When Mazzucchelli first collaborated with Miller on Daredevil: Born Again, he stuck closely to a Miller style that wouldn’t alienate too much Daredevil’s readers. With Year One he comes more into his own with a heavy line style more reminiscent of Alex Toth. Toth, considered to be the definitive Zorro artist, used black and white negative space to give shape and form. Mazzucchelli also uses this style to good effect and although Year One is in colour, which diminishes this slightly- though that is no slur on colourist Richmond Lewis whose palette is both subtle and garish when needed- you can see how effective it is in such scenes as the Wayne’s murder, or the Bat-Man announcing his intentions to the corrupt officials and mobsters of Gotham. Miller reigns back some of his operatic writing style to give the tenor of a more personal one. This is helped greatly in what was, at the time, something of a revelation in comics. With the aid of caption boxes in the style of journal or diary, Miller could eschew the use of thought balloons and at the same time give the characters more reasoning and motive for their actions. Though this effect was first seen in Alan Moore’s V for Vendetta and then bettered in Watchmen, it’s here in Year One that it matures.
Miller’s writing sparkles. Year One is full of excitement and witty dialogue. On first reading, being only a four part serial, it can seem brief with too much going on, but with re-reading you learn to appreciate the nuances and come to realise that this is not only the Bat-Man’s origin but James Gordon’s as well.
The Bat-Man’s first night out is not a total success. Lucky amateur is what Wayne calls himself and he soon comes to realise that he needs the help of others. Bringing the Assistant D.A. Harvey Dent on side is easy but Gordon is a more complex person. From the very start we know that Gordon is a good cop, an honest one, someone who stepped on too many toes in his old patch of Chicago:-
“Gotham City. Maybe it’s all I deserve now. Maybe it’s just my time in Hell……….This is no place to raise a family”.
Gordon knows that he should not support a vigilante like the Bat-Man, but after seeing him in action and knowing that he works in a city where the mayor and commissioner use cops as hired killers, his badge and gun feel a lot heavier in his hands. But Miller draws no comparisons between Wayne and Gordon. Neither man wants to be the other. Gordon may slightly envy the Bat-Mans ability to work outside the law in order to get results, but he loves being a cop and Wayne would certainly feel enclosed and restricted in his quest. Gordon has a family he feels he should be more responsible to whilst Wayne has none; he is justice rampant, obsessive to the point of insanity. In Year One, Dark Knight Returns and The Dark Knight Returns Again, Miller questions just how far someone should go in a quest for justice before it becomes all consuming. Unfortunately, Miller cannot quite give the answer as he is too close to his subject and his methods. Therefore Gordon becomes the reasoning voice; the one who realises that justice also has it laws to stop it from becoming an oppressive force. The Bat-Man wants criminals to fear him, but how long would it be before he realises that people are the cause of crime and wants everyone to fear him. This view was put across well in Kingdom Come, wherein the Bat-Man has achieved a kind of crime-free Gotham, but at the cost of turning it into a police state.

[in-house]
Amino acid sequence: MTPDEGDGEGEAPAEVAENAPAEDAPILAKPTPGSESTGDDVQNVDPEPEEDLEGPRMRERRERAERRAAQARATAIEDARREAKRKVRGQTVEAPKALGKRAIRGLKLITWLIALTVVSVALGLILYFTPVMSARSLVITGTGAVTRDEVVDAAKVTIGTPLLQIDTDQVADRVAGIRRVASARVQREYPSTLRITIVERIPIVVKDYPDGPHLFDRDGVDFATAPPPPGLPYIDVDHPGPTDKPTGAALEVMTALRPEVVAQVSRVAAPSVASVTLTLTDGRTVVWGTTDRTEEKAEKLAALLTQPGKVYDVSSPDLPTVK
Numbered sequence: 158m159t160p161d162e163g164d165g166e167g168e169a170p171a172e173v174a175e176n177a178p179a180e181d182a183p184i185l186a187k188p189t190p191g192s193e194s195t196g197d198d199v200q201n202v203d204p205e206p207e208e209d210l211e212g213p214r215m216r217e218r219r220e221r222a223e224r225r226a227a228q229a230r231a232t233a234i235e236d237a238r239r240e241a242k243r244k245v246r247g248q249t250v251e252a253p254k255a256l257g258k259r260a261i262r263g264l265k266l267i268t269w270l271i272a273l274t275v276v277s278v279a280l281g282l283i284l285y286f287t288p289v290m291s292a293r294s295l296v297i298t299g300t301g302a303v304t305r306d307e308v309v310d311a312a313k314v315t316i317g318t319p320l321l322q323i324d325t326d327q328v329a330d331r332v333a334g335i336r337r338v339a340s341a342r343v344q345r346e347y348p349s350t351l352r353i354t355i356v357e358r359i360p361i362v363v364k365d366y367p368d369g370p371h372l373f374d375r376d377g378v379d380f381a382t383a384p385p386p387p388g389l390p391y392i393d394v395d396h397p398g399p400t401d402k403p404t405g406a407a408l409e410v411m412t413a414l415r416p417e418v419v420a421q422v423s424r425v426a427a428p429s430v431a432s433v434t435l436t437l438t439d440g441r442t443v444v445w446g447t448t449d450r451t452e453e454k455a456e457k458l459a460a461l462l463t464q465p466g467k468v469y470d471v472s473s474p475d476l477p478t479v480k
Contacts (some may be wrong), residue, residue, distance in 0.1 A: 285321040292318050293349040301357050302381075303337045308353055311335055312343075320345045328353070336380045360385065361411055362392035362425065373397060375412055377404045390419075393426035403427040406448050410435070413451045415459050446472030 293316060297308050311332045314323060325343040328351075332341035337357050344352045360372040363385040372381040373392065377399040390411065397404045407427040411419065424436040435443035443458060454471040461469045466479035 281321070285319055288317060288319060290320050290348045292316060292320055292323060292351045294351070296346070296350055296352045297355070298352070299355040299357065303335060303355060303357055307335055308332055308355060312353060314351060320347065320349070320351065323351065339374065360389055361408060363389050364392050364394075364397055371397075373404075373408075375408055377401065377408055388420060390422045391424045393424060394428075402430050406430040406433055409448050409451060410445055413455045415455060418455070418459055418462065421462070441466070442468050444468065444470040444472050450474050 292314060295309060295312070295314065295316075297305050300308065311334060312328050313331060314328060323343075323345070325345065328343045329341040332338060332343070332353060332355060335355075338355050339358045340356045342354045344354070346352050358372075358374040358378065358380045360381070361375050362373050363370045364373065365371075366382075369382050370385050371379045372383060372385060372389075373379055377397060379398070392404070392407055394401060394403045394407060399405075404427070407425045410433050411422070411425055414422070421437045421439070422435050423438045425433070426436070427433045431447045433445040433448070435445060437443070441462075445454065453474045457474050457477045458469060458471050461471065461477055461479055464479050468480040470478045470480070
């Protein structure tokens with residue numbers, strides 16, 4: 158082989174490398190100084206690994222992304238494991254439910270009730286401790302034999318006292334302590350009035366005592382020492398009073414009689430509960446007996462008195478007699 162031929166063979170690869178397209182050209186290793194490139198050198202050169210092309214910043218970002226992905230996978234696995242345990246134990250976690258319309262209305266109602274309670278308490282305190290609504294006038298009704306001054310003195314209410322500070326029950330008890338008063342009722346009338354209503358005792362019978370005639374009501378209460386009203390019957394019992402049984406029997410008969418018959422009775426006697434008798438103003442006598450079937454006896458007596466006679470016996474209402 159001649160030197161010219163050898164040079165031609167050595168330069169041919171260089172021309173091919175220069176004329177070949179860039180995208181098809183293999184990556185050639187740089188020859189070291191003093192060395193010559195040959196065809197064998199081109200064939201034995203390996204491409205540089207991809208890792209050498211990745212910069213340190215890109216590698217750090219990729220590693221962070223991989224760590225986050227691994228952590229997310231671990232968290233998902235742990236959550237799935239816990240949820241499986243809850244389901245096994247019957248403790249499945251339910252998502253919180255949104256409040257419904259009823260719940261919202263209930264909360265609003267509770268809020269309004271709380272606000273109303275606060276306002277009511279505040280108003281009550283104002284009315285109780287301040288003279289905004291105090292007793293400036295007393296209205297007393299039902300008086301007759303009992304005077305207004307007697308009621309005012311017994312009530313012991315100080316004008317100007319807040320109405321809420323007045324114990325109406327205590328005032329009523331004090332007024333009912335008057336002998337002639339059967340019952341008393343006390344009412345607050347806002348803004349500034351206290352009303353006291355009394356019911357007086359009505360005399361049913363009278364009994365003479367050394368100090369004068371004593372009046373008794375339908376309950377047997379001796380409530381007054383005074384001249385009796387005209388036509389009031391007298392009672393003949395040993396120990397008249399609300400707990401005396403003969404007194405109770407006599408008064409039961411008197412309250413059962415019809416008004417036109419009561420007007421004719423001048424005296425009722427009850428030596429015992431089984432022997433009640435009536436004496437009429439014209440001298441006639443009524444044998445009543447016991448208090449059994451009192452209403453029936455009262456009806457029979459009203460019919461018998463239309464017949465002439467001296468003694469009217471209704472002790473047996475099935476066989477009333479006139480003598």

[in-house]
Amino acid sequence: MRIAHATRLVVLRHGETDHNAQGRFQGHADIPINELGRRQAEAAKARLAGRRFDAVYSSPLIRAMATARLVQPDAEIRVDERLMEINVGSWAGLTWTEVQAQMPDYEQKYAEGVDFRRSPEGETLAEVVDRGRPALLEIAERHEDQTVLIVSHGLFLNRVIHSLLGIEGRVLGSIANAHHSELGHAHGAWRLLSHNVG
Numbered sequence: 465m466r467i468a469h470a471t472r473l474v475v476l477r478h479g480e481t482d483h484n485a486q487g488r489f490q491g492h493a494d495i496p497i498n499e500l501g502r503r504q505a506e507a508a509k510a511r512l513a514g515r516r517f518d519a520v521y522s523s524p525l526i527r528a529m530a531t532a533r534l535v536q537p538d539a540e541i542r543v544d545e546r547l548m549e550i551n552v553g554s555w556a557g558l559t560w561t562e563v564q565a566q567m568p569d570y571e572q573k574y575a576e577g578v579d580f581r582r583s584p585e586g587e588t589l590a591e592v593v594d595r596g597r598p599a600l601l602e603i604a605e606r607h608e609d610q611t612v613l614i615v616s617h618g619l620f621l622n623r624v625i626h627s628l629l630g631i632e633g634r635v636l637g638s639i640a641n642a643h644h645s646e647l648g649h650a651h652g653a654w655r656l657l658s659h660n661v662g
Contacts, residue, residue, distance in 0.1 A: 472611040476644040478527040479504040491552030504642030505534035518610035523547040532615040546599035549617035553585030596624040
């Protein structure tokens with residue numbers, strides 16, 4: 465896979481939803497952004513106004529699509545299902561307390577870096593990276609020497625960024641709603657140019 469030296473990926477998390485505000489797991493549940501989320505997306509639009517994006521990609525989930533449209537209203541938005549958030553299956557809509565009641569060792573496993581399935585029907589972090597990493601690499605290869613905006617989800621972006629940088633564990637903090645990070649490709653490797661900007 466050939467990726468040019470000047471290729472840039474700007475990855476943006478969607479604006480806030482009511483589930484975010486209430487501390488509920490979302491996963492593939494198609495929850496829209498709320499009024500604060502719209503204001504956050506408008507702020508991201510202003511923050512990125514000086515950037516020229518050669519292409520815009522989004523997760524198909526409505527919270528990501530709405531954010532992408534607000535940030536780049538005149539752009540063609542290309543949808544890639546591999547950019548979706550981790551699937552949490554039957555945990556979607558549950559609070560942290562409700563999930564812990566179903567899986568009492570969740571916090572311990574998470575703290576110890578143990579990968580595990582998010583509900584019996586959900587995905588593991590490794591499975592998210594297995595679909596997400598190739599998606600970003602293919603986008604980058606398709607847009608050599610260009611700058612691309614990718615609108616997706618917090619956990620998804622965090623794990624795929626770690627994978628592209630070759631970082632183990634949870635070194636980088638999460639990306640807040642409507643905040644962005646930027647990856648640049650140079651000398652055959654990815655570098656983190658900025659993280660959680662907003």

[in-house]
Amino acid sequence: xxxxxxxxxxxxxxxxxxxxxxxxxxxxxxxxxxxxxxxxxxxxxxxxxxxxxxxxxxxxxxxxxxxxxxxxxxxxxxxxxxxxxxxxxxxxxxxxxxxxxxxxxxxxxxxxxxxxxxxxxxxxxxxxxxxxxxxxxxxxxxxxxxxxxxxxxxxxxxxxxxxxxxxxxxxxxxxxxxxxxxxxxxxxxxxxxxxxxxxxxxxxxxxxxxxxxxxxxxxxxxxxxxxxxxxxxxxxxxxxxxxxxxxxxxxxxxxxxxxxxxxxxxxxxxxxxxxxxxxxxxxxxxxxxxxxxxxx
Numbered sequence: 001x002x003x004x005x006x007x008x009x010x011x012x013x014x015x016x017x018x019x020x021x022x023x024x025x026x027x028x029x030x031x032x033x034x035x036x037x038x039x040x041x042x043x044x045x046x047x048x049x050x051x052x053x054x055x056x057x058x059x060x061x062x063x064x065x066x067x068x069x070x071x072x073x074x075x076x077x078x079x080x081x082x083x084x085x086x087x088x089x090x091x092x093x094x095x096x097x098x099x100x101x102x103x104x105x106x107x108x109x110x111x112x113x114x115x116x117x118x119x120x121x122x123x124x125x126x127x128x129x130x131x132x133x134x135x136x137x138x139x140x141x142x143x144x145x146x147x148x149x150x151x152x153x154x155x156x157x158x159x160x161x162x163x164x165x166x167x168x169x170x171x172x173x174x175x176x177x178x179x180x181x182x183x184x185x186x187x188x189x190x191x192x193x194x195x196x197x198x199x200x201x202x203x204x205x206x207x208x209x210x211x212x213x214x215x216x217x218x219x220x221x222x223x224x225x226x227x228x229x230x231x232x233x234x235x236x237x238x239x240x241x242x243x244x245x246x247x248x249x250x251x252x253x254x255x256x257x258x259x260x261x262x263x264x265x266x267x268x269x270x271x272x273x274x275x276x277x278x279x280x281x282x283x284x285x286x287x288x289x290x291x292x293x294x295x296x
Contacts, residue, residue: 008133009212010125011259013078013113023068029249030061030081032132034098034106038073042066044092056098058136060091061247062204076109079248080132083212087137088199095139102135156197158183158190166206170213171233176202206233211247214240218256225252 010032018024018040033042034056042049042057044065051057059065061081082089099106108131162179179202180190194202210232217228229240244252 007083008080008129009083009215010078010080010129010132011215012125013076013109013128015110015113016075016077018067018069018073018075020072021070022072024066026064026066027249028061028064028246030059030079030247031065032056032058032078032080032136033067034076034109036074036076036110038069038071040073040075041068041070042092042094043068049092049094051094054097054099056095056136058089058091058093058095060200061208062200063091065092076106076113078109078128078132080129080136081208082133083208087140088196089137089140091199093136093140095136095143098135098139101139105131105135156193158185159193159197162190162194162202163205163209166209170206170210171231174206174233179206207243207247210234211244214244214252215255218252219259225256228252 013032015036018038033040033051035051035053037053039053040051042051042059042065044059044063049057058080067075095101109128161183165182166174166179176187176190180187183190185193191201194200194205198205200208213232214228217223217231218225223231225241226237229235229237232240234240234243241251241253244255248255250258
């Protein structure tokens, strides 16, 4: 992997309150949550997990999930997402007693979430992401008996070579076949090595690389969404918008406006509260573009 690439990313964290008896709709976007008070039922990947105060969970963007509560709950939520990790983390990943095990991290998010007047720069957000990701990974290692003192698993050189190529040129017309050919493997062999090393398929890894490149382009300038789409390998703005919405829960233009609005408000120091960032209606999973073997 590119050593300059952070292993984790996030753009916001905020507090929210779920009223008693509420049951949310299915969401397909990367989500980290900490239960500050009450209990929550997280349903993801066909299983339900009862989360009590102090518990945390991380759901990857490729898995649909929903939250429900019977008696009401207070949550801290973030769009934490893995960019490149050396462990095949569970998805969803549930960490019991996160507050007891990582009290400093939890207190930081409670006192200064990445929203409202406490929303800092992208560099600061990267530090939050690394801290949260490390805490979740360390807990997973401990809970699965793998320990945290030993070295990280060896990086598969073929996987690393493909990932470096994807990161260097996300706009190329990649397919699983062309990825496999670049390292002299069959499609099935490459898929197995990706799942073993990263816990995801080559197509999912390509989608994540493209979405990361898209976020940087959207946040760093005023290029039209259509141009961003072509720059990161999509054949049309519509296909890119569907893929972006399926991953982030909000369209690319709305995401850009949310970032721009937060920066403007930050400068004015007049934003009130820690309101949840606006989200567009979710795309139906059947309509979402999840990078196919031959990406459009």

This edition of Batman: Year One has no real good reason for it to be release except as a cynical ploy by DC to cash in on Batman Begins, the movie that it will closely resemble. But that shouldn’t stop you from buying a book that bristles with lines like:-
“I should have taken the train. I should be closer. I should see the enemy”
“And the man with the frightened, hollow eyes and a voice like glass being crushed…..since all sense left my life”.
“Lucky. Lucky amateur”.
“You’ve eaten Gothams wealth. It’s spirit. Your feast is nearly over. From this moment on…. None of you are safe”.
“He saved that old woman. He saved that cat. He even paid for that suit. The hunk of metal in my hands is heavier than ever…..”
“You can never escape me. Bullets don’t harm me. Nothing harms me. But I know pain. I know pain. Sometimes I share it. With someone like you”.
“I suppose you’ll take up flying next– Like that fellow in Metropolis”.
“I listen–the radiator hisses, spits water on the street–I don’t hear a human sound–I don’t hear my baby cry”.
And the last two, joyous final panels where James Gordon has finally given up the cigarettes and the light of his pipe glows upon his face in the falling snow:-
“As for me—well, there’s a real panic on. Somebody threaten to poison the Gotham reservoir. Calls himself the Joker. I’ve got a friend coming who might be able to help. Should be here any minute”.
Now that’s a good ending.
Year One is a good, taut, noir thriller. A precursor to Millers Sin City, with stylish artwork and a place in the comicdom Hall of Fame as the template for the Tim Burton movies and the latest Batman Begins. It brought a newer grim and gritty feel to the world of the Bat-Man that, although not utilised by other writers as much as it could have been, managed to renew the character whilst staying true to its roots.
Batman: Year One is by Frank Miller and David Mazzucchelli. Published by DC Comics in hardback and priced £12.99. Available from all good book and comic book stores.